Food Note

Food Note:
Philly's Diversity Through Food
by Zoe Schwingel-Sauer

Philadelphia is widely known as a vibrant and diverse big city. I live in Mt. Airy, and went to elementary school in Roxborough. Before high school I did not travel to many other neighborhoods besides the ones surrounding my own. I was living within my own limits.

My parents are and always have been insanely good cooks, and have therefore always appreciated delicious food. Ever since I could eat food that was solid, my parents have integrated cooking into our lives, and we are all foodies. All throughout middle school (and high school, too) my family and I have explored various cuisines. For the longest time this felt like our routine, until I realized the exposure I was getting was not only impeccable food, but also the city’s rich cultural diversity. Through restaurants I experienced different neighborhoods and I felt a sense of true belonging to my city.


Penang -- Chinatown

As I push open the second door to get in, my senses are overwhelmed. I smell distinct spices that I can’t name off of the tip of my tongue. As I glance to the left I see the floor high glass windows that peer onto the street, with tall metal tables, with two seats each. I’d take that seat if I was just there with my dad. Since all of four of us are here, we follow the hostess across the rooms and up the two short stairs. We sit and I pour the complementary tea. I let my gaze rotate around the room and admire the place I’ve been so many times before. The textured walls that are made up of tiny squares, the slightly dimmed lighting, and the open kitchen all contribute to the ambiance. The hostess gives us menus, but we don’t really need them; it’s more of a formality.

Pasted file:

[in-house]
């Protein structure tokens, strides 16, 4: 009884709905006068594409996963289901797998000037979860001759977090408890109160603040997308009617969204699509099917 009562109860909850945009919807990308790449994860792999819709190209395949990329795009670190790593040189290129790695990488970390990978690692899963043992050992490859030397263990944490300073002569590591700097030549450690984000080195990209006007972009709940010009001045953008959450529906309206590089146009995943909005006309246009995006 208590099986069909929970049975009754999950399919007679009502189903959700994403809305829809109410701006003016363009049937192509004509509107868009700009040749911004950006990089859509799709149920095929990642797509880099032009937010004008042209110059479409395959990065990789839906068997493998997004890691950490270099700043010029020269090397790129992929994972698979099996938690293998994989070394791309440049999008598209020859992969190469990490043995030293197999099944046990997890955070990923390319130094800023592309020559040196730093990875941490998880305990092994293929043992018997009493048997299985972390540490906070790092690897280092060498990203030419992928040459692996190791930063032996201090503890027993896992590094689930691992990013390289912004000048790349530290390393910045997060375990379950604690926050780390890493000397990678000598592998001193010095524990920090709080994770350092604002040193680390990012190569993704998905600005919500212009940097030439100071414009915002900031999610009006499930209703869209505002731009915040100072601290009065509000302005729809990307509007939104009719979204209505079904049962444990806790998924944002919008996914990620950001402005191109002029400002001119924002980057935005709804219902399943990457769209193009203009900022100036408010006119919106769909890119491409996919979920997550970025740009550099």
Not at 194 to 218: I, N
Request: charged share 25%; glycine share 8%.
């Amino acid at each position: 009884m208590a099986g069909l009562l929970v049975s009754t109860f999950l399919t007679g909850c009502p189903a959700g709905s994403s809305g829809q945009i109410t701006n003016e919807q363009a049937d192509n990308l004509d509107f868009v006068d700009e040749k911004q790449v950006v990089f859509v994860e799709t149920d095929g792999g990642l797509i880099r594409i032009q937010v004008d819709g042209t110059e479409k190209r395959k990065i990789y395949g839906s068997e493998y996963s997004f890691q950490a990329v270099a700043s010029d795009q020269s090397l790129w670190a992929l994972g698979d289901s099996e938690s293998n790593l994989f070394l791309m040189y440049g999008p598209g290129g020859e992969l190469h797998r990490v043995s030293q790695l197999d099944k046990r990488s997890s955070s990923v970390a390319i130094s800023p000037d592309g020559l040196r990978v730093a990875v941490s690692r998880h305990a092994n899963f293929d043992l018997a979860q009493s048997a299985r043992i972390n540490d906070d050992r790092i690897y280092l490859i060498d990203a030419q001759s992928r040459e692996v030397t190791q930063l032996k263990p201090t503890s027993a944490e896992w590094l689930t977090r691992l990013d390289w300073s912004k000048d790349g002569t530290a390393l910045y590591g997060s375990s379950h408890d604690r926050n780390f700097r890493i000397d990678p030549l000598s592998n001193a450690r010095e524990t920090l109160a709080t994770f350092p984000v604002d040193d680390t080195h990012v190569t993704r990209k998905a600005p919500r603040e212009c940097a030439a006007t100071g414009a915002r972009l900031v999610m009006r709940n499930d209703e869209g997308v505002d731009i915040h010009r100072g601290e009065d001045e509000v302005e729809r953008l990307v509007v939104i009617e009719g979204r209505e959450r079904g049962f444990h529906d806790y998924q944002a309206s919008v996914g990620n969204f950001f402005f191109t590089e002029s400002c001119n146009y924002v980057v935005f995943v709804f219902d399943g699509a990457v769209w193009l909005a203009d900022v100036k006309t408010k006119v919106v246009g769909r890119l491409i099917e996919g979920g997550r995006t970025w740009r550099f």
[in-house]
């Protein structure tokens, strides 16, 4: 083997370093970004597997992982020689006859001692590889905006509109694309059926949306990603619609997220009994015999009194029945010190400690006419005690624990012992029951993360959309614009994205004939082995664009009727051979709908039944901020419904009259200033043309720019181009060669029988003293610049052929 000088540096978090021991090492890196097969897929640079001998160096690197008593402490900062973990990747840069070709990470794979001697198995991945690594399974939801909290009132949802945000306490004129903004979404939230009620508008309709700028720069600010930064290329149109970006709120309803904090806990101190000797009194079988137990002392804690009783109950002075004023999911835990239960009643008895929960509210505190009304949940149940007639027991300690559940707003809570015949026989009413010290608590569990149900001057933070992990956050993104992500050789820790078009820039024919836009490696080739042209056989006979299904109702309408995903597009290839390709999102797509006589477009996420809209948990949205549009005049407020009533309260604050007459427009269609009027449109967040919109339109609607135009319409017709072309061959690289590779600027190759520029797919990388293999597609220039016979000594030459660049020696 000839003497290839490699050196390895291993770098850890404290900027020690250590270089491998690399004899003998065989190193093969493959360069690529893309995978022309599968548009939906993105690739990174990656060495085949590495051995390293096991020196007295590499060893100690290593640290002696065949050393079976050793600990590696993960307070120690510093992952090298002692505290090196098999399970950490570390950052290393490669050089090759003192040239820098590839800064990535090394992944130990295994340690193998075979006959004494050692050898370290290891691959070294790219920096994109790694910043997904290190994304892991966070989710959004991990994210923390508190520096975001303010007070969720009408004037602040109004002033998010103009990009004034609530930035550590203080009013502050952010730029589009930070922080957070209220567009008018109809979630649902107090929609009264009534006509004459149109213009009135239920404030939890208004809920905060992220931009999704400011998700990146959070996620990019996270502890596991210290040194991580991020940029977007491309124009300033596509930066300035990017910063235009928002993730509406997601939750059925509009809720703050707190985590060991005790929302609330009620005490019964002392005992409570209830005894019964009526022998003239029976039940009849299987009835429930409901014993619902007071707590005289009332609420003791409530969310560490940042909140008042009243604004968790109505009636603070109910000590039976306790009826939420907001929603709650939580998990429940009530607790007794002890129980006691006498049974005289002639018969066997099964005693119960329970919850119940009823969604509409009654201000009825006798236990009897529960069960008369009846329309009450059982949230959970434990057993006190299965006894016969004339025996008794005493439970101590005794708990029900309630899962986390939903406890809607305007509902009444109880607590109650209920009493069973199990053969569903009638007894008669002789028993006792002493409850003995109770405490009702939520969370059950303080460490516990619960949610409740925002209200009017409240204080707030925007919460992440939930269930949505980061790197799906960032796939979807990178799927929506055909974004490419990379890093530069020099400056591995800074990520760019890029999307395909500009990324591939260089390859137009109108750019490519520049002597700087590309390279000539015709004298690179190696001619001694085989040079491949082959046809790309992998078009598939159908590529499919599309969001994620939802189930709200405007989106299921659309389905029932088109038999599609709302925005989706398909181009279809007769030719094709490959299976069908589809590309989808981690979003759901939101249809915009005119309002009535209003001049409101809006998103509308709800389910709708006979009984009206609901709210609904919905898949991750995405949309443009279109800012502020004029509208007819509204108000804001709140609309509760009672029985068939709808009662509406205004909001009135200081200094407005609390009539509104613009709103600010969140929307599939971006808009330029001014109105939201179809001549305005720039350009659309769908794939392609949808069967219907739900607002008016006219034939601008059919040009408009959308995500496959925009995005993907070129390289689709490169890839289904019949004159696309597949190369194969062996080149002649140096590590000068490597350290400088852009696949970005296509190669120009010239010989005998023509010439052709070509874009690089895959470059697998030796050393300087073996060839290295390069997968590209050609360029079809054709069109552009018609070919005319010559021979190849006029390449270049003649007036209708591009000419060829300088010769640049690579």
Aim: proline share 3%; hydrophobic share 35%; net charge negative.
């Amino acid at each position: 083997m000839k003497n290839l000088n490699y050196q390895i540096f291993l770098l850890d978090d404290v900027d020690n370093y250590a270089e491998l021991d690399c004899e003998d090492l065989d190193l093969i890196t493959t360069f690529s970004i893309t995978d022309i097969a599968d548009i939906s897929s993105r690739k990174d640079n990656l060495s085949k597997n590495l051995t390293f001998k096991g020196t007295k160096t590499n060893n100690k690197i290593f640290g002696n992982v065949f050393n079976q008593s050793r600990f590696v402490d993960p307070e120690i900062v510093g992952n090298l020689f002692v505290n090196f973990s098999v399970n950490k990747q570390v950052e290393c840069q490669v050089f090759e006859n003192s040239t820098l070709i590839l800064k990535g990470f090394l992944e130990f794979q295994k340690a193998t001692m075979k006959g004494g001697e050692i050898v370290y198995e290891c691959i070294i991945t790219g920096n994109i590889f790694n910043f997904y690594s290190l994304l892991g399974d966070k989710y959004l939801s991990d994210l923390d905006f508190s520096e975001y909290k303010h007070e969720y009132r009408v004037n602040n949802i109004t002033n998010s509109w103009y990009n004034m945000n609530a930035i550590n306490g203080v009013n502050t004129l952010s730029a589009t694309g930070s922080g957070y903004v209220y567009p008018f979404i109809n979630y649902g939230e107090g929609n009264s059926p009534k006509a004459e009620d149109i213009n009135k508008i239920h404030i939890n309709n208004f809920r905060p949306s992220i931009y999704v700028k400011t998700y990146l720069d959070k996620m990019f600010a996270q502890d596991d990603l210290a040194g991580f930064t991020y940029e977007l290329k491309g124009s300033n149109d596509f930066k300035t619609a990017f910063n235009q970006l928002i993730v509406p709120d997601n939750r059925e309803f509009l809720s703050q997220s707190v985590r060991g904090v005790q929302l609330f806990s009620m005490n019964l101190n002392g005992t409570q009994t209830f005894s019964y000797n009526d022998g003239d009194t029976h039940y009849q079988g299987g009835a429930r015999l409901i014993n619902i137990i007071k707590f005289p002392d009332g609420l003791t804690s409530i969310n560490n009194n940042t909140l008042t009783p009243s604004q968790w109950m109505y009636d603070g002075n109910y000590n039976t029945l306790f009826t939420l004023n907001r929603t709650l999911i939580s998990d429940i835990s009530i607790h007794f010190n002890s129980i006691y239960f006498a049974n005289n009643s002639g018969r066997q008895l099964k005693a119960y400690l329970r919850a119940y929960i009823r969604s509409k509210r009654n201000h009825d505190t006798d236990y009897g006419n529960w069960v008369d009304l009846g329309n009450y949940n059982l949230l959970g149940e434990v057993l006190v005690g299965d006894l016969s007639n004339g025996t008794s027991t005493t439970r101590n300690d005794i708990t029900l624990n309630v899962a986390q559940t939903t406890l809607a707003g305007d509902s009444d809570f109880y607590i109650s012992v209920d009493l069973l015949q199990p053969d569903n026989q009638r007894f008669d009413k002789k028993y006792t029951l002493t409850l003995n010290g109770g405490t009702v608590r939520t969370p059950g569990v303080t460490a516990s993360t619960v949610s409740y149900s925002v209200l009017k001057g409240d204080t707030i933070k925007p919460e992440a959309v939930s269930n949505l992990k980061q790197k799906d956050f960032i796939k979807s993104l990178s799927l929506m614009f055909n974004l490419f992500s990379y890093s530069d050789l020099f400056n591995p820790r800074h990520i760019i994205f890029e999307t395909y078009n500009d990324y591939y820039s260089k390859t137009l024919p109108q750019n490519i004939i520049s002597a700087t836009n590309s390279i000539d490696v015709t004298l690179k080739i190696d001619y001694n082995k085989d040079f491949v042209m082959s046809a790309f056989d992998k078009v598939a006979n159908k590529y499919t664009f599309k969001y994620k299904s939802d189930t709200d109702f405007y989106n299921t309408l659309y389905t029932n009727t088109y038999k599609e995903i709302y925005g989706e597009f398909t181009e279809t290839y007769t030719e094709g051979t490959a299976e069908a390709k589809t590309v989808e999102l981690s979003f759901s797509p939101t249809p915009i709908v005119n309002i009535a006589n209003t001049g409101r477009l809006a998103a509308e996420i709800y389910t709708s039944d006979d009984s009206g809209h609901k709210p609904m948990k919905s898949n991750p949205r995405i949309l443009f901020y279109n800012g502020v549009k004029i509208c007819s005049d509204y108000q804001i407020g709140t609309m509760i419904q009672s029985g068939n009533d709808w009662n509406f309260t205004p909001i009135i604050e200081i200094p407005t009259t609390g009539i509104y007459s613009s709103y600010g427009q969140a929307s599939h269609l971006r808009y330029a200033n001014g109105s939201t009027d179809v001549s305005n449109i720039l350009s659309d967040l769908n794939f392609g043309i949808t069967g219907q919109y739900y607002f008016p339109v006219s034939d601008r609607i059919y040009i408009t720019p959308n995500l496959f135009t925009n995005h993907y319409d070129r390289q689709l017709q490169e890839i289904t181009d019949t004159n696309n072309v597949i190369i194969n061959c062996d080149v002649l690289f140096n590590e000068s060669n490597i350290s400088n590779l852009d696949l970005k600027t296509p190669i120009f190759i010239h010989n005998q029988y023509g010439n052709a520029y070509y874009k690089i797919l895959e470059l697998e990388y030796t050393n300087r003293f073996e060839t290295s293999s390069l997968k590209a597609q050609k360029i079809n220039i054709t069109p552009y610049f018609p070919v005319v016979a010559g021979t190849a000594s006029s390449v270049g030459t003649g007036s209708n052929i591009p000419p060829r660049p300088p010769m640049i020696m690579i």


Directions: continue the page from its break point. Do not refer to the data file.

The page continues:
Penang is my longest food affair in the city. This restaurant serves mouth watering Malaysian cuisine. My dad works in Center City, and my mom, sister, and I would always pick him up from work on a weekday and park a couple blocks away from the restaurant. We have been going for years, and I even remember seeing the start and finish of the archway in Chinatown. While my family and I are adventurous with food, we have our signature order. Penang Chicken Satay, Home Made Roti Canai, Mee Siam, and we finish with fresh slices of oranges. Inside, the restaurant is noisy, cheery, and fancy all at the same time.

This place houses many memories for me, one in particular being my 16th birthday. I had a small group of friends come and we chatted around the table, ate delicious food, and I reveled in all of the birthday fun that night.


Chabaa Thai -- Manayunk

    As soon as you enter Chabaa Thai, you are instantly relaxed yet invigorated at the same time. The pillows, tassels, and calm energy almost entrances you. This is mixed with the lively conversations held by others, and the constant flow of serves coming in and out of the kitchen. The spicy food almost tickles your nose, and taunts you until you have your food in front of you.

    My family has been going to Chabba Thai for years and we have witnessed its evolution from a beautiful restaurant on Main St to its temporary location for takeout and now soon back to its newly renovated space. I have experienced Chabba Thai in a multitude of ways because of this. I have been in a booth at Chabaa Thai sitting on comfy pillows surrounded by my family. I have been in the upstairs area that is more secluded. I have driven with my dad to the temporary takeout location. I have eaten it at my table and on the couch. While our order rarely changes, it took awhile to find our perfect combination of noodles spices, and chicken. Right now the order is Crispy Spring Rolls, Penang Curry (my favorite for the heat), Crazy Noodles, Pad Thai Noodles, and if we have the chance of being at the restaurant tasty toffee candies for dessert on the go. I love the spices used in Thai food and this has inspired my family to try stirfry and to experiment with spices unfamiliar to us.


Barbuzzo -- Center City